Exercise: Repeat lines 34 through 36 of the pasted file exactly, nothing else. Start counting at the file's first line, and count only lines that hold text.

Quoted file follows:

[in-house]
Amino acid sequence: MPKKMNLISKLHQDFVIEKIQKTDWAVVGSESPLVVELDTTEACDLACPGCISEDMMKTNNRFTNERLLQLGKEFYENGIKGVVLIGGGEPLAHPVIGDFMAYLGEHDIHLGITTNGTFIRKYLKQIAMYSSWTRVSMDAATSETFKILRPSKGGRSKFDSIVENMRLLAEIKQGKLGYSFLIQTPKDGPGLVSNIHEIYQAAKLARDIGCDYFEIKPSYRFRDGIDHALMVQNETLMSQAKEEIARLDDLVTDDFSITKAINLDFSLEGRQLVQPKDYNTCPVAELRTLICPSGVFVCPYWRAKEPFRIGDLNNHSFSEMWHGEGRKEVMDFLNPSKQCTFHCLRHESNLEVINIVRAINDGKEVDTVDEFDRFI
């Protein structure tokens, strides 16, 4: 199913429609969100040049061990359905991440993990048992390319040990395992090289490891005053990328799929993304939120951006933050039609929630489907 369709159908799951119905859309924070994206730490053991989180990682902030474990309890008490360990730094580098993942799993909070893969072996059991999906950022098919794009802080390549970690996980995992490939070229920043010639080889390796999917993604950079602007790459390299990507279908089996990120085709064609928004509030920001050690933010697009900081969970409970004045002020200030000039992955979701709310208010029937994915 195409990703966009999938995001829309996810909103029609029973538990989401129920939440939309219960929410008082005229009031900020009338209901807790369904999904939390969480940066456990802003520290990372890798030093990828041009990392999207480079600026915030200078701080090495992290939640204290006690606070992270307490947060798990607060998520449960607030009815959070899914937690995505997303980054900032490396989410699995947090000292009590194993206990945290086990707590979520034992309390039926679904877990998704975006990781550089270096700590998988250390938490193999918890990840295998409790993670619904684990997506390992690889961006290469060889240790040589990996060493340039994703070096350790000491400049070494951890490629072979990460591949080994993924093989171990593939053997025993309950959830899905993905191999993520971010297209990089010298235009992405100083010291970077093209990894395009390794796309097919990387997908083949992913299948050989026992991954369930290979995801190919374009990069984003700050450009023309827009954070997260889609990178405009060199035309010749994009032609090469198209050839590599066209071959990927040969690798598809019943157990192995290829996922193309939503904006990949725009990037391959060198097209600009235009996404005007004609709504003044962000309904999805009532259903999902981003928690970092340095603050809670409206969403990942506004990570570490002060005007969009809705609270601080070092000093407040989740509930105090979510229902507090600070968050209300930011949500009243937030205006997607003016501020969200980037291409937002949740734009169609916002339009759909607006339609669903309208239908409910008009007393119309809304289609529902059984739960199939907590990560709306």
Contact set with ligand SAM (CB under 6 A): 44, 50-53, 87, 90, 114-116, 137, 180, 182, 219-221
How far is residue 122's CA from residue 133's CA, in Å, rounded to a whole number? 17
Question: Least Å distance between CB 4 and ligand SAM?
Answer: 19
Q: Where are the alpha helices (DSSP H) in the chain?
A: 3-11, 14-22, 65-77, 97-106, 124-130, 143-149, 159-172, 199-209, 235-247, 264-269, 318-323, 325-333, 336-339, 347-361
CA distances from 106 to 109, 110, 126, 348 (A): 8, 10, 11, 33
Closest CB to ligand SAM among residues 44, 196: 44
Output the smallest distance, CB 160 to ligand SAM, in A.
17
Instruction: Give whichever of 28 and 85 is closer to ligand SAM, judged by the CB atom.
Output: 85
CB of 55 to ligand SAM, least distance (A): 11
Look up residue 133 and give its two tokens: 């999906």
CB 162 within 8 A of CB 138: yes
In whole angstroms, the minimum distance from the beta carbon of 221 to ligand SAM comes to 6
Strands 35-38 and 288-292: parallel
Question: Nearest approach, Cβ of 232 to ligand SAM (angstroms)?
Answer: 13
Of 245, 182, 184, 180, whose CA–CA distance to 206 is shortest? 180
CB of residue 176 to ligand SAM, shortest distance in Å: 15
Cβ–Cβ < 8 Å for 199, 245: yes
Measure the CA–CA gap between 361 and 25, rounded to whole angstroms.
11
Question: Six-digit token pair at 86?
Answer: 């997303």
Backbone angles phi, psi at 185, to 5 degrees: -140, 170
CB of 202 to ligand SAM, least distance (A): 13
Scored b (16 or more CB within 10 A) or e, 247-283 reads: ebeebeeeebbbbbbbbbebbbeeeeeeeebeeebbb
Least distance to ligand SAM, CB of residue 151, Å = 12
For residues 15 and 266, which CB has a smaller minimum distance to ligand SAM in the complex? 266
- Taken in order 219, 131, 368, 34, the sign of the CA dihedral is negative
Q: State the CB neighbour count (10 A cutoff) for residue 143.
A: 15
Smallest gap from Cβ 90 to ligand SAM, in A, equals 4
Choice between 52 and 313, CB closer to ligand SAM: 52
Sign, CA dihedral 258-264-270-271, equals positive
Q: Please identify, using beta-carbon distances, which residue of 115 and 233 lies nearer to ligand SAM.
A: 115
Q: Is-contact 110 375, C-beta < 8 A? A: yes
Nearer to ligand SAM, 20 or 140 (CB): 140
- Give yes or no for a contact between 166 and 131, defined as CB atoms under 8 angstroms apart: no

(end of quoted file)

For residues 15 and 266, which CB has a smaller minimum distance to ligand SAM in the complex? 266
- Taken in order 219, 131, 368, 34, the sign of the CA dihedral is negative
Q: State the CB neighbour count (10 A cutoff) for residue 143.